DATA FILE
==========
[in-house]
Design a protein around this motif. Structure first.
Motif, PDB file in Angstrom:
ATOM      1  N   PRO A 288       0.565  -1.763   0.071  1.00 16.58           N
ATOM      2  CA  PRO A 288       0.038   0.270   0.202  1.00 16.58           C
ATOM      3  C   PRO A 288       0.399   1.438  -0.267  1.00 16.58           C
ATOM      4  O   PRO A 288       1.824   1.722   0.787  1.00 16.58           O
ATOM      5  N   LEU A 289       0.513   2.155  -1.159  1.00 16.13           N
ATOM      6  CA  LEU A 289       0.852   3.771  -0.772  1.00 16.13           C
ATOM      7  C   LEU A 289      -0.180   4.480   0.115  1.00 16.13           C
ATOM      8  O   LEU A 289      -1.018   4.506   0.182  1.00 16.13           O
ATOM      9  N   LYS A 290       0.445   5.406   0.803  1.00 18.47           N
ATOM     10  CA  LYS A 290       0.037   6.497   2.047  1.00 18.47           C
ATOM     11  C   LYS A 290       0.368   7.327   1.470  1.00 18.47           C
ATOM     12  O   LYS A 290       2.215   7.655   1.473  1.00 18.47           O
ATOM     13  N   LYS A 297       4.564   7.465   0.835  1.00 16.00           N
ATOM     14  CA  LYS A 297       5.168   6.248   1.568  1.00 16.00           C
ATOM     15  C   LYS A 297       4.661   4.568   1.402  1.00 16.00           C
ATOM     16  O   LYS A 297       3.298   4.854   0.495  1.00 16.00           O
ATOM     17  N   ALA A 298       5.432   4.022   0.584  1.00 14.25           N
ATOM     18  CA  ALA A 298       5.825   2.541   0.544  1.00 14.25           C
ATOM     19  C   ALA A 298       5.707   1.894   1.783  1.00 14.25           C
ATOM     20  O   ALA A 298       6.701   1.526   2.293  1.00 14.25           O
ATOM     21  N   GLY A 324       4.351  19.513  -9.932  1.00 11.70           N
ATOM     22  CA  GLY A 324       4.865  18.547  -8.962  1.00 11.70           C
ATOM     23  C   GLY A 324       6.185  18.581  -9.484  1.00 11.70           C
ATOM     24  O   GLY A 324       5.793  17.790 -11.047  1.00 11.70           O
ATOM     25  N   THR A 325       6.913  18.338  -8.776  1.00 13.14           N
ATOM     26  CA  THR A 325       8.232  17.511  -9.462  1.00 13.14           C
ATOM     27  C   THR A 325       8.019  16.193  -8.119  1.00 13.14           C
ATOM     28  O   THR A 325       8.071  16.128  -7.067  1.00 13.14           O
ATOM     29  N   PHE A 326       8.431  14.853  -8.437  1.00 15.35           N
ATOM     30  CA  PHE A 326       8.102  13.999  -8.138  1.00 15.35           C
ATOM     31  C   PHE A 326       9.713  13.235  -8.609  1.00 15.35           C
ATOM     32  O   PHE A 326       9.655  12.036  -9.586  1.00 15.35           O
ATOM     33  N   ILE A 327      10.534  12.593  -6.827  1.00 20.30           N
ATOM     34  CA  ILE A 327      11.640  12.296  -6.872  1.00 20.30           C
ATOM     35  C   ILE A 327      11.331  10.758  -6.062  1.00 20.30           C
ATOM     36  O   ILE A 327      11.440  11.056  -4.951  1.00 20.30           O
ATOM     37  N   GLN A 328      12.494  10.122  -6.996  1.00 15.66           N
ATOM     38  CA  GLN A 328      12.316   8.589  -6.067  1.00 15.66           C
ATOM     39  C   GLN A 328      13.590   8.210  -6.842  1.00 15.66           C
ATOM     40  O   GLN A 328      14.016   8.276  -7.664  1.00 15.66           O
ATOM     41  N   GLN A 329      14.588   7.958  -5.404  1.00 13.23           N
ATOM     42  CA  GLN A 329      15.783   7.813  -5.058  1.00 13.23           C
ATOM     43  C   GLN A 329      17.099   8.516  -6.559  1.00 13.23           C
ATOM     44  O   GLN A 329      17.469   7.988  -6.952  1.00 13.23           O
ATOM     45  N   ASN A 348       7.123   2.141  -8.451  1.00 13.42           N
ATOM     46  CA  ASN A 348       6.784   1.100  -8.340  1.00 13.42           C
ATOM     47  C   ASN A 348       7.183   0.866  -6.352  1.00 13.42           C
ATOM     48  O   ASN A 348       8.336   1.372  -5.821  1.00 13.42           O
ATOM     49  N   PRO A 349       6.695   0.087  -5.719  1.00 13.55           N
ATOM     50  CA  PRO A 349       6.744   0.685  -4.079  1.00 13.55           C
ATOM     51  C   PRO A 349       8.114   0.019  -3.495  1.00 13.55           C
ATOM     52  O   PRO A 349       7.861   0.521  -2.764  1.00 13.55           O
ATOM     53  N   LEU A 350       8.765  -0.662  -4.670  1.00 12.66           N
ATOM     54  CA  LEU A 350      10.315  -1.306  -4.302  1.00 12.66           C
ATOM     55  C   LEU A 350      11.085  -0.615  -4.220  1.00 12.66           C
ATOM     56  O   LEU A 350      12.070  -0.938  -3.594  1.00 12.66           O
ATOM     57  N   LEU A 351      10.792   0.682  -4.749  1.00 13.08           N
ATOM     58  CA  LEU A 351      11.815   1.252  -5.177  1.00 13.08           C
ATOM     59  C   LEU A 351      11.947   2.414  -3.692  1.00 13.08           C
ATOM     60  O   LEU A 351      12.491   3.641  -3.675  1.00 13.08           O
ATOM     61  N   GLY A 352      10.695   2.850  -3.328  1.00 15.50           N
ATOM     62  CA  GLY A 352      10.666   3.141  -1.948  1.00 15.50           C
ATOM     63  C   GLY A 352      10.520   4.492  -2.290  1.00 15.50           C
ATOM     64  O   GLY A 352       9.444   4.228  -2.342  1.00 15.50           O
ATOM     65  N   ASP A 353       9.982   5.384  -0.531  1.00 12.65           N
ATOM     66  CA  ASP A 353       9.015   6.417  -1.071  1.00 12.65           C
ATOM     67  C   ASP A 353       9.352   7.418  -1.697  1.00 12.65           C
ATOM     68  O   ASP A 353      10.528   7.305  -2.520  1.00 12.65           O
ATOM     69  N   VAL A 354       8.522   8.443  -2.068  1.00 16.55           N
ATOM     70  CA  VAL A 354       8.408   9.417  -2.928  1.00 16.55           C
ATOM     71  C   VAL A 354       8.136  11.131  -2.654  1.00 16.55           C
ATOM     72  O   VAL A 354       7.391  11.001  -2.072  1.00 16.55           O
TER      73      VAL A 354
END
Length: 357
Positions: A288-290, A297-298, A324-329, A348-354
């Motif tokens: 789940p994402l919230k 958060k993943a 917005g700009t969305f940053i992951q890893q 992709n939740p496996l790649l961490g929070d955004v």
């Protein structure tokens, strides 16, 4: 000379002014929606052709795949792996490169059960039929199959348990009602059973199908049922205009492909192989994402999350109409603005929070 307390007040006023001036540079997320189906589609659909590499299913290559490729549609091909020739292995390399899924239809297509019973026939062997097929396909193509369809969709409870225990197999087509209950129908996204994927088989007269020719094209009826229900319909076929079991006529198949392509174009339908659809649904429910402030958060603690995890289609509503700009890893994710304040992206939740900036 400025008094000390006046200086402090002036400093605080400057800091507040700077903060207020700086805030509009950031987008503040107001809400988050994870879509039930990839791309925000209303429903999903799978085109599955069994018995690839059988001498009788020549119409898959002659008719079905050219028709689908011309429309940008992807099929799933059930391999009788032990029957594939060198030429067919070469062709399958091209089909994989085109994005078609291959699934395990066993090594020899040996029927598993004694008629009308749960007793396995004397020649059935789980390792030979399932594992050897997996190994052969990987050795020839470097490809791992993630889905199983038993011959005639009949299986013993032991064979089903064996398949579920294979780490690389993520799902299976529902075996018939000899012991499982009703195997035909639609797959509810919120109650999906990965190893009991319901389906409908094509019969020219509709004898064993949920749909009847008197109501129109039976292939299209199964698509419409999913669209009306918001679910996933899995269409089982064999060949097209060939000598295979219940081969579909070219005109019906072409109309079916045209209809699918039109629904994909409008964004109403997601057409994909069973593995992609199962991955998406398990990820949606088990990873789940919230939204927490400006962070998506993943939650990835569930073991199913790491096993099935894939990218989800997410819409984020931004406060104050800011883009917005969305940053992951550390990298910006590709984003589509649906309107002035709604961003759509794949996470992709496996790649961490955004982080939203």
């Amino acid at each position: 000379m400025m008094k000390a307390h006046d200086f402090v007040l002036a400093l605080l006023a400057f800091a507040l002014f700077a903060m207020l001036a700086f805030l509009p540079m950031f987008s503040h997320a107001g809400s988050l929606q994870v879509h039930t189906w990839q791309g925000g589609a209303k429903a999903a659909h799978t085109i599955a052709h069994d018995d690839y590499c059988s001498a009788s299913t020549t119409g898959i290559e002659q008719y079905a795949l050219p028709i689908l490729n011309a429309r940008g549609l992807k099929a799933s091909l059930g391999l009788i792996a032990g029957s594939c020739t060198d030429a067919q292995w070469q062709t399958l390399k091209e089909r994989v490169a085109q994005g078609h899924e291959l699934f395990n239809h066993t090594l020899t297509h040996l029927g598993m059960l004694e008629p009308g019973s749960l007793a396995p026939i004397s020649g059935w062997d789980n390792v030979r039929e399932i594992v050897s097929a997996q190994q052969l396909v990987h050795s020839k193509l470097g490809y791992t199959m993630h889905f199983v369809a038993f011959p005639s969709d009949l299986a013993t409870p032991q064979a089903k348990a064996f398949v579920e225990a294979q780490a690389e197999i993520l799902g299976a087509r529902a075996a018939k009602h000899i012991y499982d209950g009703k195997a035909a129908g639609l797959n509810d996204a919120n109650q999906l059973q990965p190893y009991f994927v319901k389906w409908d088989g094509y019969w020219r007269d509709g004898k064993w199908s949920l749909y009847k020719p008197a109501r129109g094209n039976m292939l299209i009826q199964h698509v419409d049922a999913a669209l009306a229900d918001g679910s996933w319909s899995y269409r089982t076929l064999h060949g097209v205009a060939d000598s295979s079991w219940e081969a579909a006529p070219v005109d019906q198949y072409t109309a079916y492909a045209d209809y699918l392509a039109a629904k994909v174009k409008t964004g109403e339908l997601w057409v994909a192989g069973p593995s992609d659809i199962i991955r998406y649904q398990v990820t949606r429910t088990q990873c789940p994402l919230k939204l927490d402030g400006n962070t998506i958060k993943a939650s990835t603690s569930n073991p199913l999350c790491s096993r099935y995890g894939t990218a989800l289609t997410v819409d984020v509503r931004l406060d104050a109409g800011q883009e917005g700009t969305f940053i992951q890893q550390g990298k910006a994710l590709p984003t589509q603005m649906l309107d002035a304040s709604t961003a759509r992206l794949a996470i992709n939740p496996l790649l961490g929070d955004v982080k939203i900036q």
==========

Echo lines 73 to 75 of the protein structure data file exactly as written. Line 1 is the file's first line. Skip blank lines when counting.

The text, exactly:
ATOM     70  CA  VAL A 354       8.408   9.417  -2.928  1.00 16.55           C
ATOM     71  C   VAL A 354       8.136  11.131  -2.654  1.00 16.55           C
ATOM     72  O   VAL A 354       7.391  11.001  -2.072  1.00 16.55           O